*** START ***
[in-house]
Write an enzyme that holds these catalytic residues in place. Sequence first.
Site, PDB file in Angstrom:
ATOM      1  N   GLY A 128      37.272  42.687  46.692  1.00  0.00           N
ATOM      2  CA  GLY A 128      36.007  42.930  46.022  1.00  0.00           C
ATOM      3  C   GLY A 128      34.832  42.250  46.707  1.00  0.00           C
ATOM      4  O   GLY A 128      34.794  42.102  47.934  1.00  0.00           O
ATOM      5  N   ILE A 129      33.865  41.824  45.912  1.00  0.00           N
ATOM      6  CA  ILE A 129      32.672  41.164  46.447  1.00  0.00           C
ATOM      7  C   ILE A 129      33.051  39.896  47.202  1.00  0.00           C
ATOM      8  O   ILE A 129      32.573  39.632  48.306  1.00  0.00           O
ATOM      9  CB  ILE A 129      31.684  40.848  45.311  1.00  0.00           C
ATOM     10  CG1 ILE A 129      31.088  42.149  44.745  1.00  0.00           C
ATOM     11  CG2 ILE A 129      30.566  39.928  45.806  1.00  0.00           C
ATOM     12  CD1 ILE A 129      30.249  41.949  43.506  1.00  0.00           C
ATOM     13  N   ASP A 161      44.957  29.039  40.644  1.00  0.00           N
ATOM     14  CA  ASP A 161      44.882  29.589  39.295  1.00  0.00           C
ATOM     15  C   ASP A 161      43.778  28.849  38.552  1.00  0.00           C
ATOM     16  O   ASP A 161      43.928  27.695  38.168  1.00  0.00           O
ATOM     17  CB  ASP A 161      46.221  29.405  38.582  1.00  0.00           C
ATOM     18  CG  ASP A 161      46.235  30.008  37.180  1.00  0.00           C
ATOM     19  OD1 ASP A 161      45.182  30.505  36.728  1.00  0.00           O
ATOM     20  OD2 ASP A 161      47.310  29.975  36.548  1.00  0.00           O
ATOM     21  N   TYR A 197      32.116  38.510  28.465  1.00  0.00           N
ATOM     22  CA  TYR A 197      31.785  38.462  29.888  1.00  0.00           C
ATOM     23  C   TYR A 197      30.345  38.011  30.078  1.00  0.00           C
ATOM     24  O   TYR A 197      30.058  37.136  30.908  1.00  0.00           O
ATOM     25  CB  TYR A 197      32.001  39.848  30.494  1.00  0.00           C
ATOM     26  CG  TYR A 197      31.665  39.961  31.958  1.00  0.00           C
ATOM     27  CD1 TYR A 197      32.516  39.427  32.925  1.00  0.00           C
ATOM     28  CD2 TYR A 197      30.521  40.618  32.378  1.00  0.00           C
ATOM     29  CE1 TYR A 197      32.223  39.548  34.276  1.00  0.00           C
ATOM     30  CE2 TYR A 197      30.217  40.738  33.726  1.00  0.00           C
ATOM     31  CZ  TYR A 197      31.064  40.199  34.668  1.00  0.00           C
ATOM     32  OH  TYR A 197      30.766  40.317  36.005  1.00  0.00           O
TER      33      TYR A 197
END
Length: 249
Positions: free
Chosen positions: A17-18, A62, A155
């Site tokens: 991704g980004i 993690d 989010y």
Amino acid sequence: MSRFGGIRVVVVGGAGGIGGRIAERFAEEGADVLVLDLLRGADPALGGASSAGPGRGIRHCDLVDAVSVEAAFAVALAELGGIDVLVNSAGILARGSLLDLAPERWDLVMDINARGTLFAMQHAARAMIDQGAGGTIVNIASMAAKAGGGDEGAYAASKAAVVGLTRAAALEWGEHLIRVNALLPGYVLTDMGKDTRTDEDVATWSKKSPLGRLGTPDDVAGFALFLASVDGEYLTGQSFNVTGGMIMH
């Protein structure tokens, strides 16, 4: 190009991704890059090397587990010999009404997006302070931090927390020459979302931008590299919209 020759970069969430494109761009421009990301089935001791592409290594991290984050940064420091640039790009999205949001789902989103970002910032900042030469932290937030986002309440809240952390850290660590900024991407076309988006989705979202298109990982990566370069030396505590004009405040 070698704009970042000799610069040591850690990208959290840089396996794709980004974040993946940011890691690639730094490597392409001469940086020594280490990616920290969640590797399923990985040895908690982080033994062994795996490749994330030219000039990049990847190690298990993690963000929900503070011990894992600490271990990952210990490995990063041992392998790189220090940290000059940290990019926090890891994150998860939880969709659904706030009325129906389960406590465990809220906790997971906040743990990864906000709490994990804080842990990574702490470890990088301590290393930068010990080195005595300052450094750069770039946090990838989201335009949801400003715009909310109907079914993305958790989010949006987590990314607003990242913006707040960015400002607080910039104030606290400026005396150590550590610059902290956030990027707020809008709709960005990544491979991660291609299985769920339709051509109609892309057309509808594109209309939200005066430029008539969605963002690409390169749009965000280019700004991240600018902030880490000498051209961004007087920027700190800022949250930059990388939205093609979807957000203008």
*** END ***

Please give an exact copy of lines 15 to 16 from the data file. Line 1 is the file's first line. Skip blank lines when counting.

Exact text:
ATOM     12  CD1 ILE A 129      30.249  41.949  43.506  1.00  0.00           C
ATOM     13  N   ASP A 161      44.957  29.039  40.644  1.00  0.00           N